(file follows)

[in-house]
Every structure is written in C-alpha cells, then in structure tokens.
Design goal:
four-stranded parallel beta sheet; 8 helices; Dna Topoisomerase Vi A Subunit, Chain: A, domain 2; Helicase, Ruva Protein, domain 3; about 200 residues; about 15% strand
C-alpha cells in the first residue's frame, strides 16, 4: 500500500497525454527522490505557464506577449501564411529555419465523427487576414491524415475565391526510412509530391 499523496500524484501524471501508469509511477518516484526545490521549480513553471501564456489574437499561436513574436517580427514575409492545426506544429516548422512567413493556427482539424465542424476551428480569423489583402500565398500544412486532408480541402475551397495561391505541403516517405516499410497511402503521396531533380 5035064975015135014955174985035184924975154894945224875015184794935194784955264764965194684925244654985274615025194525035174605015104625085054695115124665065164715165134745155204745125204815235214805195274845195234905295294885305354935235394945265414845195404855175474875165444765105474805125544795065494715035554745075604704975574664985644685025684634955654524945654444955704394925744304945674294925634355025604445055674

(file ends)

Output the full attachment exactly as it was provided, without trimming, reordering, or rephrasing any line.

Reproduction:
[in-house]
Every structure is written in C-alpha cells, then in structure tokens.
Design goal:
four-stranded parallel beta sheet; 8 helices; Dna Topoisomerase Vi A Subunit, Chain: A, domain 2; Helicase, Ruva Protein, domain 3; about 200 residues; about 15% strand
C-alpha cells in the first residue's frame, strides 16, 4: 500500500497525454527522490505557464506577449501564411529555419465523427487576414491524415475565391526510412509530391 499523496500524484501524471501508469509511477518516484526545490521549480513553471501564456489574437499561436513574436517580427514575409492545426506544429516548422512567413493556427482539424465542424476551428480569423489583402500565398500544412486532408480541402475551397495561391505541403516517405516499410497511402503521396531533380 5035064975015135014955174985035184924975154894945224875015184794935194784955264764965194684925244654985274615025194525035174605015104625085054695115124665065164715165134745155204745125204815235214805195274845195234905295294885305354935235394945265414845195404855175474875165444765105474805125544795065494715035554745075604704975574664985644685025684634955654524945654444955704394925744304945674294925634355025604445055674